The Department of Health has set up numerous free drop-off sites and a free mail-back program for unwanted opioids or other prescription drugs.

Find a collection location or request a mail-back envelope.

The Drug Enforcement Association (DEA) sponsors a free national Drug Take-Back day. For additional information, and to find a location near you, visit. https://takebackday.dea.gov

VT Dept. of Health information on year-round prescription drug disposal https://www.healthvermont.gov/alcohol-drugs/services/prescription-drug-disposal

  • Pharmaceuticals and Personal Care Products as Pollutants (PPCPs) refers, in general, to any product used by individuals for personal health or cosmetic reasons or used by agribusiness to enhance growth or health of livestock. PPCPs comprise a diverse collection of thousands of chemical substances, including prescription and over-the-counter therapeutic drugs, veterinary drugs, fragrances, and cosmetics. Studies have shown that pharmaceuticals are present in our nation’s water bodies. Further research suggests that certain drugs may cause ecological harm. The EPA is investigating this topic and developing strategies to help protect the health of both the environment and the public. PPCPs have probably been present in water and the environment for as long as humans have been using them. The drugs that we take are not entirely absorbed by our bodies, and are excreted and passed into wastewater and surface water. With advances in technology that improved the ability to detect and quantify these chemicals, we can now begin to identify what effects, if any, these chemicals have on human and environmental health. In most cases, unwanted prescription medication should be placed in the trash. There are three exceptions:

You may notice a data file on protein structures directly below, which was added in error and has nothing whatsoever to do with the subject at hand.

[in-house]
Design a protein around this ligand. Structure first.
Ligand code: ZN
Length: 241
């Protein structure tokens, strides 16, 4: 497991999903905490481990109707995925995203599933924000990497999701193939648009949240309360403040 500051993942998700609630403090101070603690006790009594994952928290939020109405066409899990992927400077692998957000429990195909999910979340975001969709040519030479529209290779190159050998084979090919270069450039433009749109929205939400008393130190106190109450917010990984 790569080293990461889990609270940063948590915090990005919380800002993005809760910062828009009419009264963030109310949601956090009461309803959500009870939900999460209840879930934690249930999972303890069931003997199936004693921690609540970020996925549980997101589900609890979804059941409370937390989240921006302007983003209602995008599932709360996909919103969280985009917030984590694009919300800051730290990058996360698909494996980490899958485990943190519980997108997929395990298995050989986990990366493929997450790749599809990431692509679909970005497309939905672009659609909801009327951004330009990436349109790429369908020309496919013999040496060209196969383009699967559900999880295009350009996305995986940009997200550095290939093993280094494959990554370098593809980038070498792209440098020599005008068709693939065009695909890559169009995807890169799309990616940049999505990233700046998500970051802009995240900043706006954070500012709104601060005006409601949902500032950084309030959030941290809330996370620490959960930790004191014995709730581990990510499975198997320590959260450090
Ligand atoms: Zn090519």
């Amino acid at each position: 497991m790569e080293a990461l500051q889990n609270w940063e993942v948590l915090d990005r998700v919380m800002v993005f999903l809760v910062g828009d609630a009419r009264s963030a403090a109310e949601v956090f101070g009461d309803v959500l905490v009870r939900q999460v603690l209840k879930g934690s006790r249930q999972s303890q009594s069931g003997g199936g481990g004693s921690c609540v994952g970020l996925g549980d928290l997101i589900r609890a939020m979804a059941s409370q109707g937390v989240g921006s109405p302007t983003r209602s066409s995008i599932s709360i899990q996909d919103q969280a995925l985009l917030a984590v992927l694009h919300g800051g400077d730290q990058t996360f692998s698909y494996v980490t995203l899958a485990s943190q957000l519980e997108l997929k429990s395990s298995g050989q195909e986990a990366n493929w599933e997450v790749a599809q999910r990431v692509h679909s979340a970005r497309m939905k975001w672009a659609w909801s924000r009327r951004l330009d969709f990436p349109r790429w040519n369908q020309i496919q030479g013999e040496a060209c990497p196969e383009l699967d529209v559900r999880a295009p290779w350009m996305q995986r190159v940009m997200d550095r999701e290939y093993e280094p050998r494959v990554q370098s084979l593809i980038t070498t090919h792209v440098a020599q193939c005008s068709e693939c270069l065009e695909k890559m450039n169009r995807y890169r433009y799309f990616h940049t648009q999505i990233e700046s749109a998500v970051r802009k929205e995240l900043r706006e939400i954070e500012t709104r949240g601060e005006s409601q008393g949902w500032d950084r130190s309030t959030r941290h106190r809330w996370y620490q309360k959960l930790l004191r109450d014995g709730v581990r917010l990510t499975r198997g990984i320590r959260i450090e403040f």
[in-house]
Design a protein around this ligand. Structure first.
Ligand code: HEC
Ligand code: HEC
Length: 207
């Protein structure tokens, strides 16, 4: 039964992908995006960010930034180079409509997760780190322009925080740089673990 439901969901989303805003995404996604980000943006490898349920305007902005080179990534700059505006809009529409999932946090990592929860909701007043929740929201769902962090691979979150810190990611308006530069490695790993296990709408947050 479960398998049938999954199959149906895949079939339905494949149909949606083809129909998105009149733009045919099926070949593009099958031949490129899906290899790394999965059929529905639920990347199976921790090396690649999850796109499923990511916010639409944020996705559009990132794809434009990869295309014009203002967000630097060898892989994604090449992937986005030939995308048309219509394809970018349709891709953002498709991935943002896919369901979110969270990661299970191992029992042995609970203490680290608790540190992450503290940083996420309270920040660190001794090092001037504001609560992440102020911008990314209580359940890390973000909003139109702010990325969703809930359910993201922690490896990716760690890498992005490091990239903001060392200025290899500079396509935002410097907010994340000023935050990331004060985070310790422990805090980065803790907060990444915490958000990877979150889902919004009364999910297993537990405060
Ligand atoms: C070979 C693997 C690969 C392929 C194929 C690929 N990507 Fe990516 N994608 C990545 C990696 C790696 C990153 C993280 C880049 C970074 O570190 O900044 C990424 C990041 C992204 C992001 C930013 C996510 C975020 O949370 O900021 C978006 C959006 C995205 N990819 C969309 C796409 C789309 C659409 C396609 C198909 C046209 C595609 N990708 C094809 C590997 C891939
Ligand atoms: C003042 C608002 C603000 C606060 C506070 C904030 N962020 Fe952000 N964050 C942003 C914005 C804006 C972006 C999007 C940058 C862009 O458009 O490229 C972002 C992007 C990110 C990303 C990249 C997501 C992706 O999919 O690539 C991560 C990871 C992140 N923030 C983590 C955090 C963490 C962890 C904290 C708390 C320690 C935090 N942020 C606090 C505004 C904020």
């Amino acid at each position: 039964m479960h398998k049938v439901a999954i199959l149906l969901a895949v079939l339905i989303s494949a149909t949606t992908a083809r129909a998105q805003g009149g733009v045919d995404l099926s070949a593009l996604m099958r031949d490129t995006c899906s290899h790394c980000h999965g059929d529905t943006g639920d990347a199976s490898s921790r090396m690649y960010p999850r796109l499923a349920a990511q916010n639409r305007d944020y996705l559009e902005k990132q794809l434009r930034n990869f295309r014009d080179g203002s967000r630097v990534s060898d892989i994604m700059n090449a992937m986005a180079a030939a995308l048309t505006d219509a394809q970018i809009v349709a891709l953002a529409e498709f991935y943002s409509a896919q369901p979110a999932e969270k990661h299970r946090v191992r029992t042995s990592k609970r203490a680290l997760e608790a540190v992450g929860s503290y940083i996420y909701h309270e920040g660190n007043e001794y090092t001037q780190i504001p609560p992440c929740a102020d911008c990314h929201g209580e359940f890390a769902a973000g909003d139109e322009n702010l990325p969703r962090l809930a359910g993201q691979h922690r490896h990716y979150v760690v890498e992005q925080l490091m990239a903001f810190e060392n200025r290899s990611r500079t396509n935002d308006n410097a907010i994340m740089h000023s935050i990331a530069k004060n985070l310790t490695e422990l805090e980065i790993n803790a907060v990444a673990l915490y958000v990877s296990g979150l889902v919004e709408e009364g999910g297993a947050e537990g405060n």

• Head lice shampoo – accepted at Household Hazardous Waste Events. No fee for SWAC residents. Chemotherapy drugs – return to pharmacy or cancer clinic.  Anti-neoplastic medicine – return to pharmacy or cancer clinic.

         NOTE: Please do not flush unwanted medication down the drain. It may disrupt your septic system or the water treatment facility New guidelines are now available.